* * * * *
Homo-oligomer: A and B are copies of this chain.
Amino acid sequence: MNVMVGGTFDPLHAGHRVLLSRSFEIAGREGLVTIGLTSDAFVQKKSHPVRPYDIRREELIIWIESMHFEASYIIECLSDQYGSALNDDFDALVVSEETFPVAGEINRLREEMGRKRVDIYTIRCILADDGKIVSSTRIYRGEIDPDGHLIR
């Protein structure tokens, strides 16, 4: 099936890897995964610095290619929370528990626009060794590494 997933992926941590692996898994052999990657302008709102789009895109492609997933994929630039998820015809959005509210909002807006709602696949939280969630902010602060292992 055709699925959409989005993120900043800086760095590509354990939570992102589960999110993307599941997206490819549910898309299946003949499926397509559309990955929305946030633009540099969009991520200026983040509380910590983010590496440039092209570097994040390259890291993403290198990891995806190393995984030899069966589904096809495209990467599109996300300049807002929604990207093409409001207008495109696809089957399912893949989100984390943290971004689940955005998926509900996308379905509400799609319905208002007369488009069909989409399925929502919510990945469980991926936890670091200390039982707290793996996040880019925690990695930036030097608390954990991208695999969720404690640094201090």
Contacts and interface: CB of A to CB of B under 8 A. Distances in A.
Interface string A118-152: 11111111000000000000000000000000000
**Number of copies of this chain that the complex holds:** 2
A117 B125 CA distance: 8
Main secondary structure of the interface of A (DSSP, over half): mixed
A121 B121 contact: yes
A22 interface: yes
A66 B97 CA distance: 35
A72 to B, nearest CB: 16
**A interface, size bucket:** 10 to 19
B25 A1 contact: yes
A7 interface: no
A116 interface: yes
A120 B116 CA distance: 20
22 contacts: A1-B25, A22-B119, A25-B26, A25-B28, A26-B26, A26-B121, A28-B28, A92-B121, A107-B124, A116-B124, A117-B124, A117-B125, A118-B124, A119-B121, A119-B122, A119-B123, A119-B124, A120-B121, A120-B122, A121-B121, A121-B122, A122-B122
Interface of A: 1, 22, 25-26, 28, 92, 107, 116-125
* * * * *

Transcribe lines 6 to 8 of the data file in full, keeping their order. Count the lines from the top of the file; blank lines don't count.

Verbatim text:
**Number of copies of this chain that the complex holds:** 2
A117 B125 CA distance: 8
Main secondary structure of the interface of A (DSSP, over half): mixed